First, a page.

Map Details

The British Mandate for Palestine, with its capital in Jerusalem, was guided by the terms of the 1919
Versailles Treaty, and as such constituted, in legal terms, a ‘protectorate’ rather than a sovereign construct
or a belligerent occupation. Thus, when Israeli forces occupied the entire West Bank and Gaza
in June 1967, East Jerusalem came under a truly belligerent foreign occupation for the first time since the
crusader kingdoms of the 12th Century. The subsequent decisions of the Israeli Knesset to illegally expand
the municipal area of the conquered city and thereafter annex it to the sovereignty of Israel led to drastic
alterations in the city, its surrounding villages and the integrated towns lying beyond it in the West Bank.
Israel’s immediate excesses in the occupied Old City left thousands of Palestinians homeless, entire historic
quarters in rubble and holy sites under enforced closure, compelling international leaders and religious
figures to speak out in horror. At the same time, the Knesset commissioned a committee to
redraw the municipal limits of the city. This process, conducted under the supervision of Gen. Rehav’am
Ze’evi, a later proponent of the forced expulsion from Israel and the OPT of all non-Jews, was guided by
two overarching imperatives. On the one hand, military strategists sought to extend the city’s reach to
control the valleys, routes and hilltops comprising the defensive points to the east and north, and including
the Qalandia airport at the northernmost limit. On the other hand, the ethnic exclusivity upon which the
Jewish state depended proscribed the inclusion within this area of a large number of non-Jews. Israel’s race
to redraw the city and invert its long-standing demography was spurred on by an anxiety, in the end
unfounded, that the international community would act to protect the city and its holy sites, potentially
stalling Israeli plans at a point when the demographic facts would give the lie to Israeli claims over the city.
On 28 June 1967, the Knesset amended its 1950 Basic Law on Jerusalem, which proclaimed the city the
capital of Israel, expanding its remit to a 70 km2 expanded area defined by the Ze’evi committee and
conjoining this with the 38 km2 area of West Jerusalem, to create a 108 km2 municipal Jerusalem. The
following day, Israel dismissed the Arab Jerusalem Municipality. The new Jerusalem limits carefully skirted
the built-up villages and neighborhoods included in the East Jerusalem Kendall Town Plan of 1966 , while incorporating the lands alone of 28 villages and large stretches of the municipal areas of
Bethlehem and Ramallah. Limiting the non-Jewish population in this area while seizing their land saw Israel
create an East Jerusalem of more than 1,000% the area of that which preceded the occupation, while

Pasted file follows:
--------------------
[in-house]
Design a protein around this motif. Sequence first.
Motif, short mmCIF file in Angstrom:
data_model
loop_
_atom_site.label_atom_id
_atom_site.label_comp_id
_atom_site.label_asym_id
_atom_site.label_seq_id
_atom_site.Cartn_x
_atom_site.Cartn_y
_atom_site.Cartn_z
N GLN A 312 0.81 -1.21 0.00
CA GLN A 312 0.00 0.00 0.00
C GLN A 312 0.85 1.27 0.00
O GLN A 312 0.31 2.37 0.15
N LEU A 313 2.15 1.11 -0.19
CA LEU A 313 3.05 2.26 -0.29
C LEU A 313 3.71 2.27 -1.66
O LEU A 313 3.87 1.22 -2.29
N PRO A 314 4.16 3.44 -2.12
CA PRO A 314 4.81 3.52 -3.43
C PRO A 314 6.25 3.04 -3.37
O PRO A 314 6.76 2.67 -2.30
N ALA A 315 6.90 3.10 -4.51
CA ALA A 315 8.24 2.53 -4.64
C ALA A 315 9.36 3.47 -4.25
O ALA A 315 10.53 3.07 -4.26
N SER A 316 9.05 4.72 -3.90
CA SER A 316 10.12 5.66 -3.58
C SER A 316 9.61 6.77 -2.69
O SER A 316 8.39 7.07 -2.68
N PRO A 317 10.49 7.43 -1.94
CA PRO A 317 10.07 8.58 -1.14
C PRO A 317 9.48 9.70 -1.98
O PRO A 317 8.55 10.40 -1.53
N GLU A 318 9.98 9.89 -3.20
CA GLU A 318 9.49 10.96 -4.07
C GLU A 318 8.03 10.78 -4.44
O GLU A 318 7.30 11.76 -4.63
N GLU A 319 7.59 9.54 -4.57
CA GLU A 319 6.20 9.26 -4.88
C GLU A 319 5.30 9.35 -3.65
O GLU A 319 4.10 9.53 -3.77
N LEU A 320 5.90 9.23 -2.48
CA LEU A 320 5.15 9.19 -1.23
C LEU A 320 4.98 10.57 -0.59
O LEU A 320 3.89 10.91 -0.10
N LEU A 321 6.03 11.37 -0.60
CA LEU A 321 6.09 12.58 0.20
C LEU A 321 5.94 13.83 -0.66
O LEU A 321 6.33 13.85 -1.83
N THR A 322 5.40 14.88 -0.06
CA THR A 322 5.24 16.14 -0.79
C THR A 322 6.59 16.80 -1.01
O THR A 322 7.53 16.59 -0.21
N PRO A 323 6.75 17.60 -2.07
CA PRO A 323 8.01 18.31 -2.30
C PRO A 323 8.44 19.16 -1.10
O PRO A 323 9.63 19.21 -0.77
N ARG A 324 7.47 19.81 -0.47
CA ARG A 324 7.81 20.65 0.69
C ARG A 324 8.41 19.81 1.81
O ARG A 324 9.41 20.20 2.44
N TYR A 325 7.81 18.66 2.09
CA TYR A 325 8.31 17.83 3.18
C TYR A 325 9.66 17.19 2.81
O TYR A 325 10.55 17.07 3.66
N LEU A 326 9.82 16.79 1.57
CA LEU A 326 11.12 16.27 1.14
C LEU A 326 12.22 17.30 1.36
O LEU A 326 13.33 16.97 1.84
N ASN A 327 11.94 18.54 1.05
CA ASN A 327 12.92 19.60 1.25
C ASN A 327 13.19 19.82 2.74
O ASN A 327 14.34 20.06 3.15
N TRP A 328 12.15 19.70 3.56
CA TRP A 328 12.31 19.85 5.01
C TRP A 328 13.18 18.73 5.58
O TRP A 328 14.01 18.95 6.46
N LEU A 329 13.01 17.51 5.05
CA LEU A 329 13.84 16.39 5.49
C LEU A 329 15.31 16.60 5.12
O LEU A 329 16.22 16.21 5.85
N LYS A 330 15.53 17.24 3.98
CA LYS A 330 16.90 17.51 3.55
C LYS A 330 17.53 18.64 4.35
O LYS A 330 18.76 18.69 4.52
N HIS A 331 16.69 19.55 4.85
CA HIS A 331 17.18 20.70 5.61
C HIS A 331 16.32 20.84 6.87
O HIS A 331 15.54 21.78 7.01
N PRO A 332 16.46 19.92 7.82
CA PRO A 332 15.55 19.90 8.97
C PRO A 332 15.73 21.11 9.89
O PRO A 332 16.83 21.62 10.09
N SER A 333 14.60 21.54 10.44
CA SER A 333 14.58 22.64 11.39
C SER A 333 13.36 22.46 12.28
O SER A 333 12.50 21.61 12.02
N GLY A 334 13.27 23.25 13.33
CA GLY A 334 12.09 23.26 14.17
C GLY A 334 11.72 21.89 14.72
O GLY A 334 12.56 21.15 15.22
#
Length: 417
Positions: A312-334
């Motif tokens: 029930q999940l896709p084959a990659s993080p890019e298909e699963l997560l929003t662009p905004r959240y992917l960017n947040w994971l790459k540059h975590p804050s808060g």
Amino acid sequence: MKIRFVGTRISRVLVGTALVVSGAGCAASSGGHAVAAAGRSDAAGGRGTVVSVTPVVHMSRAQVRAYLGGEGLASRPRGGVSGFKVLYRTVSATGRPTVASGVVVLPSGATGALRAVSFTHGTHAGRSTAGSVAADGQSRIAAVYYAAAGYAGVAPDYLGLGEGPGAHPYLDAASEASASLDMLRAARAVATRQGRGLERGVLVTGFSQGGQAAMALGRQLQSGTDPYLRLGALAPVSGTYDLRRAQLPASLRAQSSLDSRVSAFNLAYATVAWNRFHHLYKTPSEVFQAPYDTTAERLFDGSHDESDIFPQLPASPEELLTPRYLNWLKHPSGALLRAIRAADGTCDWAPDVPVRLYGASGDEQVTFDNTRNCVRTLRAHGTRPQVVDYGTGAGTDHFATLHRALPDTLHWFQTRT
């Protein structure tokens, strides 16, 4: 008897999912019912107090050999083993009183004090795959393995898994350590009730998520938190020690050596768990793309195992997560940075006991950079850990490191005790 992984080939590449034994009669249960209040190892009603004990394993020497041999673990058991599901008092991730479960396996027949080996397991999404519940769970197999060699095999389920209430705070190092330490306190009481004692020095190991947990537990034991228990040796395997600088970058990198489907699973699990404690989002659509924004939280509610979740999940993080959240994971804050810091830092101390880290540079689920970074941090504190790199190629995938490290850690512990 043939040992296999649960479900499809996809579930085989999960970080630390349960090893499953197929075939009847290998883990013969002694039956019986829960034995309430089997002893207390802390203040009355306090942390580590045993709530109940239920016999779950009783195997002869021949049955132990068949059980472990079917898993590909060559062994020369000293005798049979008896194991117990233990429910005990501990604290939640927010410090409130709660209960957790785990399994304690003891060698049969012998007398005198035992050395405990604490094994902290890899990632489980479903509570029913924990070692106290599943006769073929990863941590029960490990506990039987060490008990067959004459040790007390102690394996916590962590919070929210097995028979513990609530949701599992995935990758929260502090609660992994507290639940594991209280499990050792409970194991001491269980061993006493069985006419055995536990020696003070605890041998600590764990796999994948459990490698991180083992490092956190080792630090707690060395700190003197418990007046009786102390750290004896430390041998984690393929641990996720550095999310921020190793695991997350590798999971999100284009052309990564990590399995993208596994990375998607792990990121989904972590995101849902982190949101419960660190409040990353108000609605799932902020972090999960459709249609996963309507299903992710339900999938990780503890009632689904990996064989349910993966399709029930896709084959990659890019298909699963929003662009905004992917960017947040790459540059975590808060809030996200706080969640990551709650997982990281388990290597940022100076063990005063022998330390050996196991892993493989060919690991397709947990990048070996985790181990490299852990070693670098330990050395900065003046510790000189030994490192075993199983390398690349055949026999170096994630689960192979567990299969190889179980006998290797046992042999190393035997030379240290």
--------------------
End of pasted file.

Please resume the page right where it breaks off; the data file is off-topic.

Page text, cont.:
increasing its non-Jewish population by less than 50%.
After the expansion, Israel ordered a census of the city, registering only the 66,000 Palestinians present
within the new area at that time and arbitrarily excluding an estimated 27,000 Palestinians; who had fled the
war and were awaiting the opportunity to return home or were living abroad at the time of the census. The
census was the sole registration procedure offered the non-Jewish population and left those absent at the
time, as well as spouses and children of Jerusalemites, dependent on a procedure of ‘family reunification’
operated by the Israeli Minister of Interior for registration. The ID cards issued to Jerusalem’s Palestinians
identified them as residents of the city, but not as citizens of the state, thereby classifying them as
‘foreigners’ within their own city and depriving them of the basic civil liberties enjoyed by Jewish residents of
the city, including those settlers occupying the new projects being founded upon their expropriated land.
With the approval by the Knesset of the expanded Jerusalem boundaries, land confiscation and settlement
planning in the east commenced apace as Israel sought to create a de facto Judaization of the entire city,
forcing its non-Jews into the militarily administered West Bank hinterland through the adoption of draconian
restrictions on Palestinian movement, building, and commerce. In the three years
following the occupation, over 18,000 dunums of Palestinian land were confiscated for the creation of
settlements around the city. When an ad hoc Palestinian National Guidance Committee was established in
August 1967, with the aim of independently organizing Palestinian civil life in the city, Israel responded by
exiling its head, Sheikh Abdul Hamid As-Sayeh, in a bid to deny voice to non-compliant Palestinian leaders
that foreshadowed a consistent Israeli policy aimed at eroding all Palestinian political activity in the city.
Though Israel’s actions and accompanying legislation created a de facto annexation of the expanded
municipal area of Jerusalem almost immediately, it was not until July 1980 that the Knesset formalized this
status, adopting a further amendment to the Basic Law on Jerusalem to declare the entire illegally and
unilaterally expanded area the ‘eternal and undivided’ capital of the Jewish state. Being a flagrant violation
of the Geneva and Hague Conventions, as well as a blunt dismissal of numerous UNSC and UNGA
demands for a cessation and reversion of its discriminatory policies in the city, the 1980 annexation was
condemned by the UNSC immediately, with a Resolution declaring, “that all legislative and administrative
measures and actions taken by Israel, the occupying power, which have altered or purport to alter the
character and status of the Holy City of Jerusalem, and, in particular, the recent ‘Basic Law’ on Jerusalem,
are null and void and must be rescinded forthwith.”